(Networked Information Center) -- Generally, any office that handles information for a network. The most famous of these on the Internet is the InterNIC, which is where new domain names are registered.
Another definition: NIC also refers to Network Interface Card which plugs into a computer and adapts the network interface to the appropriate standard. ISA, PCI, and PCMCIA cards are all examples of NICs.

(Network News Transport Protocol) -- The protocol used by client and server software to carry USENET postings back and forth over a TCP/IP network. If you are using any of the more common software such as Netscape, Nuntius, Internet Explorer, etc. to participate in newsgroups then you are benefiting from an NNTP connection.

Any single computer connected to a network.

Packet Switching
The method used to move data around on the Internet. In packet switching, all the data coming out of a machine is broken up into chunks, each chunk has the address of where it came from and where it is going. This enables chunks of data from many different sources to co-mingle on the same lines, and be sorted and directed to different routes by special machines along the way. This way many people can use the same lines at the same time.

A code used to gain access to a locked system. Good passwords contain letters and non-letters and are not simple combinations such as virtue7. A good password might be:


A (usually small) piece of software that adds features to a larger piece of software. Common examples are plug-ins for the Netscape® browser and web server. Adobe Photoshop® also uses plug-ins.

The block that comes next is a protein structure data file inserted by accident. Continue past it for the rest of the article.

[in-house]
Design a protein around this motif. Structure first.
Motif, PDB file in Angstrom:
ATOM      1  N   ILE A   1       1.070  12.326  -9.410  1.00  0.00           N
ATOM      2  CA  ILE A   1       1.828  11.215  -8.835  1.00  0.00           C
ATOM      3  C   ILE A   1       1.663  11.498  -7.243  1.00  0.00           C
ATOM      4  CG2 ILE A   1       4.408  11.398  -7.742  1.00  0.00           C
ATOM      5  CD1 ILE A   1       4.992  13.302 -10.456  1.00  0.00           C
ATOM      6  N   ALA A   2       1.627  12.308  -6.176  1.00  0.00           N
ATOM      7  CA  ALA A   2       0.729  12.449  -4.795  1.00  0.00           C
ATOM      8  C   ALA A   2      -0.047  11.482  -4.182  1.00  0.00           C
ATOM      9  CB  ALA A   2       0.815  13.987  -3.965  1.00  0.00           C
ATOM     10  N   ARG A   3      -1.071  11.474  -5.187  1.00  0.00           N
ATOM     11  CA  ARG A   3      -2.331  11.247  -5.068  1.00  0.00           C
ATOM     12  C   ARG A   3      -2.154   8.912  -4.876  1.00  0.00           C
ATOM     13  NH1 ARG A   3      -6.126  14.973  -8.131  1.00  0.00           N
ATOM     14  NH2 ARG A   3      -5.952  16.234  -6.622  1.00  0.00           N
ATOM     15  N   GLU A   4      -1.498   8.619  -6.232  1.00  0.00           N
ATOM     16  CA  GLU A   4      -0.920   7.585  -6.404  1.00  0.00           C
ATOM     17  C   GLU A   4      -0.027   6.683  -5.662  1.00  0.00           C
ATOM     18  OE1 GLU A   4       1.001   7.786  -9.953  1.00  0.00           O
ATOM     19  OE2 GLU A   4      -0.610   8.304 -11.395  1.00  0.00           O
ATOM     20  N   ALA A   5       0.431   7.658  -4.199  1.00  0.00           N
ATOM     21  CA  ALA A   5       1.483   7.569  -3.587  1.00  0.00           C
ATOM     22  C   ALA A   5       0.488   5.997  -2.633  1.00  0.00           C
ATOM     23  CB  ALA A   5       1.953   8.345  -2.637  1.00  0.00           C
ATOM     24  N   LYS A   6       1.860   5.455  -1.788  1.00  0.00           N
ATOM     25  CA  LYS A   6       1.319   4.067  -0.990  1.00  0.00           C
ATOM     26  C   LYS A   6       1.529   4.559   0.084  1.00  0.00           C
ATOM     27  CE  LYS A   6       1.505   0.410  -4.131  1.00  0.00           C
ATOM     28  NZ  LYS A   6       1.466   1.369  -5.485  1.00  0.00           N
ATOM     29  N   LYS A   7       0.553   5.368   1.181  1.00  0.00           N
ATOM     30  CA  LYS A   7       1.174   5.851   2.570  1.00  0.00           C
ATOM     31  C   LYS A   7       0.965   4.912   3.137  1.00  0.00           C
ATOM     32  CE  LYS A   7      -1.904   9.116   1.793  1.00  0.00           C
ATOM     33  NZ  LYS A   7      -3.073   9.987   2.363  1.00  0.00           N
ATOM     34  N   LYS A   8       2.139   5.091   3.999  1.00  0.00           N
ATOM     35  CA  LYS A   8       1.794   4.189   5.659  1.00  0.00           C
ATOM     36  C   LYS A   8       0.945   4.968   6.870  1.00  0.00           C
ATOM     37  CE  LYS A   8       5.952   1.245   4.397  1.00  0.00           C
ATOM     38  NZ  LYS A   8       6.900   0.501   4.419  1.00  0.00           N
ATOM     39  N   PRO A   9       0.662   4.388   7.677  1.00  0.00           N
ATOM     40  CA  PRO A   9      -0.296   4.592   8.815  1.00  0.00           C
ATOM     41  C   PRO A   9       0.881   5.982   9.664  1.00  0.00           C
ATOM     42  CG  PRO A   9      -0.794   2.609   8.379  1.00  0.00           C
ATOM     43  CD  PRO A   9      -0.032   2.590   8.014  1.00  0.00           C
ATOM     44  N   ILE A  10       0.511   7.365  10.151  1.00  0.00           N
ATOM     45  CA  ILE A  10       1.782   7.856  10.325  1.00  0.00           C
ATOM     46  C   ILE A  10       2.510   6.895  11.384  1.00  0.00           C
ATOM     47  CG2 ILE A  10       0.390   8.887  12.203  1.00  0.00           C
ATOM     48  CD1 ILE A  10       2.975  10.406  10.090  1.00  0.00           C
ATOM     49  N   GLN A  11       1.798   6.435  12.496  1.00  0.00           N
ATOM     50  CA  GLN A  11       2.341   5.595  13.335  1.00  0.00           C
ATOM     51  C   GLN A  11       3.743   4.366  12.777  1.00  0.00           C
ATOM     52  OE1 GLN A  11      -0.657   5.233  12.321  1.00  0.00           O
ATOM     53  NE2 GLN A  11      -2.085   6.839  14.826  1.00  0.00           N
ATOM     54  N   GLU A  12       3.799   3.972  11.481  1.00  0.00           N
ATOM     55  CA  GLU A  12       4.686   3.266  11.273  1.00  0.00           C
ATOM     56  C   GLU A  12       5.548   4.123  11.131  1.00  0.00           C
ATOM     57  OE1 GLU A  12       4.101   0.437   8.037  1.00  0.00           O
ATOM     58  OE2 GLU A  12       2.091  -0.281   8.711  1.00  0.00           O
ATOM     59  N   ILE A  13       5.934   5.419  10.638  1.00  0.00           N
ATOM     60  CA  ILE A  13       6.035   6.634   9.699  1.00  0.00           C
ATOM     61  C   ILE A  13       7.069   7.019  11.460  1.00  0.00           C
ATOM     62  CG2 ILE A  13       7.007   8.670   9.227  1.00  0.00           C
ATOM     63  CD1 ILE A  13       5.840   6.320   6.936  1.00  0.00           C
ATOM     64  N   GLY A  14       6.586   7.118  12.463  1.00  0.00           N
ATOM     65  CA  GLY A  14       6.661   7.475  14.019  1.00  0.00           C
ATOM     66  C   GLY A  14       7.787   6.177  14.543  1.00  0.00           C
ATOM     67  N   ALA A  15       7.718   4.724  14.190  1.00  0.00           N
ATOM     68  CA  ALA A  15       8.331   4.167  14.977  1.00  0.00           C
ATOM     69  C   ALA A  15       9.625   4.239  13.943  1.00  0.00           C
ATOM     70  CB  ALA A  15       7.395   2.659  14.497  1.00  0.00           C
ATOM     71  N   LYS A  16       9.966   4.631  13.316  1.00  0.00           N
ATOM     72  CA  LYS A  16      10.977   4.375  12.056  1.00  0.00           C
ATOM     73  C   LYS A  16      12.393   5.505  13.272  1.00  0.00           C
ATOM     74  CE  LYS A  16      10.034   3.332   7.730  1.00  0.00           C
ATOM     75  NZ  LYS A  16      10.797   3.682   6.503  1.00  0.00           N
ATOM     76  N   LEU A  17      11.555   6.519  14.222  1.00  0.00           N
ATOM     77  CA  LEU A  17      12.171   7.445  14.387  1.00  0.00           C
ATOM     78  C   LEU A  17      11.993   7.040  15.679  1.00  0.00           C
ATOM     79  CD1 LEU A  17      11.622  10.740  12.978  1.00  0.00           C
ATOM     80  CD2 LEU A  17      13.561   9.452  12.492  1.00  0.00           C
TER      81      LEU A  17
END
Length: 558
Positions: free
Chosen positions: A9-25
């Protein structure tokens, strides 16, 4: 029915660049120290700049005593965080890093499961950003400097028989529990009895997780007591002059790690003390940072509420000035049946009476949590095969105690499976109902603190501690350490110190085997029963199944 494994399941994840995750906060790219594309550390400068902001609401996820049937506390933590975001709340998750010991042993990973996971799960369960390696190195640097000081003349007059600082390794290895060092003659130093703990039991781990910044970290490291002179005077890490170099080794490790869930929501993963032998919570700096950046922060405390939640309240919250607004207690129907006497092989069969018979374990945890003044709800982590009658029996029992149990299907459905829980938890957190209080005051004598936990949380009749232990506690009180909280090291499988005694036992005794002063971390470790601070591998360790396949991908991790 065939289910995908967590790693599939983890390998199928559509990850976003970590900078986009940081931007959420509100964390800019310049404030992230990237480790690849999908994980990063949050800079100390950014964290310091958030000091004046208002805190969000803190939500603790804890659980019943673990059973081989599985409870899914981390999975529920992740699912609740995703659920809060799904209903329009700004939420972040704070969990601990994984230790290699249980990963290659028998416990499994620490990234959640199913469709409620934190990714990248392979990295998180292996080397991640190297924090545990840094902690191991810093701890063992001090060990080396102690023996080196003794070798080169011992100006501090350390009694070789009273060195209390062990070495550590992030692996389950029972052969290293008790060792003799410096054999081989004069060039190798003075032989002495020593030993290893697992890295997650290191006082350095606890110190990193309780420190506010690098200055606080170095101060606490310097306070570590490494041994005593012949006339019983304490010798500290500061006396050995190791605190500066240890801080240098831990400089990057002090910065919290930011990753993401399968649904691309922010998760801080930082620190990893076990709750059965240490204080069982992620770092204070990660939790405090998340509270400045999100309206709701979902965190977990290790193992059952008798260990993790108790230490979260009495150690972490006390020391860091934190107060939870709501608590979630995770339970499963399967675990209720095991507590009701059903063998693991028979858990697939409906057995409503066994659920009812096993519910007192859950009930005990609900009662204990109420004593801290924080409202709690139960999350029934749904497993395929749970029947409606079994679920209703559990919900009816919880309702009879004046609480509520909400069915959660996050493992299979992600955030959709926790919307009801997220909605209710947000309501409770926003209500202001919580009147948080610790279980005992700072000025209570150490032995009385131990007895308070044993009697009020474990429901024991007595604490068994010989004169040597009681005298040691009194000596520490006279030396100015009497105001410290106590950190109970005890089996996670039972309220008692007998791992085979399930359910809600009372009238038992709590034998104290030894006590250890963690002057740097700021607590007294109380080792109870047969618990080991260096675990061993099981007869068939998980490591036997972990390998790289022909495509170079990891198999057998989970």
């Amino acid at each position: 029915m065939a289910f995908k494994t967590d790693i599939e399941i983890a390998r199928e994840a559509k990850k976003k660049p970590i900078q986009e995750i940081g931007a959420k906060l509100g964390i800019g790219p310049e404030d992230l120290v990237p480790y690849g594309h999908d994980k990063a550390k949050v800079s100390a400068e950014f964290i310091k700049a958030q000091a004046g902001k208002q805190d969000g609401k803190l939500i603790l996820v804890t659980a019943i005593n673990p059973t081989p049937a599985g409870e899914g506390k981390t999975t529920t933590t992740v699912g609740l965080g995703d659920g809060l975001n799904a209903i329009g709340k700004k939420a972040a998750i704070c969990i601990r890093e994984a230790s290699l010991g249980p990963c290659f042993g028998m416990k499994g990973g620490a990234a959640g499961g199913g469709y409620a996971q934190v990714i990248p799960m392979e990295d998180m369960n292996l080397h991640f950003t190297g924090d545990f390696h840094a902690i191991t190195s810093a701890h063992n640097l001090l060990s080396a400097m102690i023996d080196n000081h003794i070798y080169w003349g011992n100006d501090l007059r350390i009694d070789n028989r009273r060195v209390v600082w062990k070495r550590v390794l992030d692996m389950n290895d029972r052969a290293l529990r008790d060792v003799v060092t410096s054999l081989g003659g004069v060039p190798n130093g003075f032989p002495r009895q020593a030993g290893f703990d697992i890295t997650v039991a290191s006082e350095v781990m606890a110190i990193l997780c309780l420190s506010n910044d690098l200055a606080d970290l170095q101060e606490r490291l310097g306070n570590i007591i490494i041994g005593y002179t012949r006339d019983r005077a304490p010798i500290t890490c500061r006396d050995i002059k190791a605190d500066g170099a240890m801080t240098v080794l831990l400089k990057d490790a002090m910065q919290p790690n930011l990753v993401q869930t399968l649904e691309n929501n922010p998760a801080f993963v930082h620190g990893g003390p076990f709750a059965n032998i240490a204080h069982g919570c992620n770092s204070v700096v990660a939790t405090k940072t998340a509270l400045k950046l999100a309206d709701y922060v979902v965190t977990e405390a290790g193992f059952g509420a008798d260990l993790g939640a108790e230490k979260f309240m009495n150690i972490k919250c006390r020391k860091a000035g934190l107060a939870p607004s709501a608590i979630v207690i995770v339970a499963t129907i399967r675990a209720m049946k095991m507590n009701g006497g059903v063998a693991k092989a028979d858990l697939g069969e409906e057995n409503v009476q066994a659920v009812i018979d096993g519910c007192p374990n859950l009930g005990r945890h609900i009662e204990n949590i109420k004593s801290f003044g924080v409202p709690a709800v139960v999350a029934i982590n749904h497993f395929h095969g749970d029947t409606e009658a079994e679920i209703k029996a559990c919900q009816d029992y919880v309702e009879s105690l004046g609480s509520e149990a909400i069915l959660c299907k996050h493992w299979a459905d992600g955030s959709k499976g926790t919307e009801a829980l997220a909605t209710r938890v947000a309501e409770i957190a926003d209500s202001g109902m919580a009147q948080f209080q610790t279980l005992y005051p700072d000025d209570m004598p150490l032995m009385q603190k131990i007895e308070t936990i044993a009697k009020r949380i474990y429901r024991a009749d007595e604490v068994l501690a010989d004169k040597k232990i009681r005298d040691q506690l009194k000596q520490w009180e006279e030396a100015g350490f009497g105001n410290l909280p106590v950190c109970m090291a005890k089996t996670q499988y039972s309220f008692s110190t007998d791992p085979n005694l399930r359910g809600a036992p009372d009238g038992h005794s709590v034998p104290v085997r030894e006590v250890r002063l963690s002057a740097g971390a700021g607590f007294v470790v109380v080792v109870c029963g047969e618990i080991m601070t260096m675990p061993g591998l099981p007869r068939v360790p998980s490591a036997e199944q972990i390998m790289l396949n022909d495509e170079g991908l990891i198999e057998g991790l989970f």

The idea behind plug-in’s is that a small piece of software is loaded into memory by the larger program, adding a new feature, and that users need only install the few plug-ins that they need, out of a much larger pool of possibilities. Plug-ins are usually created by people other than the publishers of the software the plug-in works with.

(Point of Presence, also Post Office Protocol) -- Two commonly used meanings: Point of Presence and Post Office Protocol. A Point of Presence usually means a city or location where a network can be connected to, often with dial up phone lines. So if an Internet company says they will soon have a POP in Belgrade, it means that they will soon have a local phone number in Belgrade and/or a place where leased lines can connect to their network. A second meaning, Post Office Protocol refers to the way e-mail software such as Eudora gets mail from a mail server. When you obtain a SLIP, PPP, or shell account you almost always get a POP account with it, and it is this POP account that you tell your e-mail software to use to get your mail.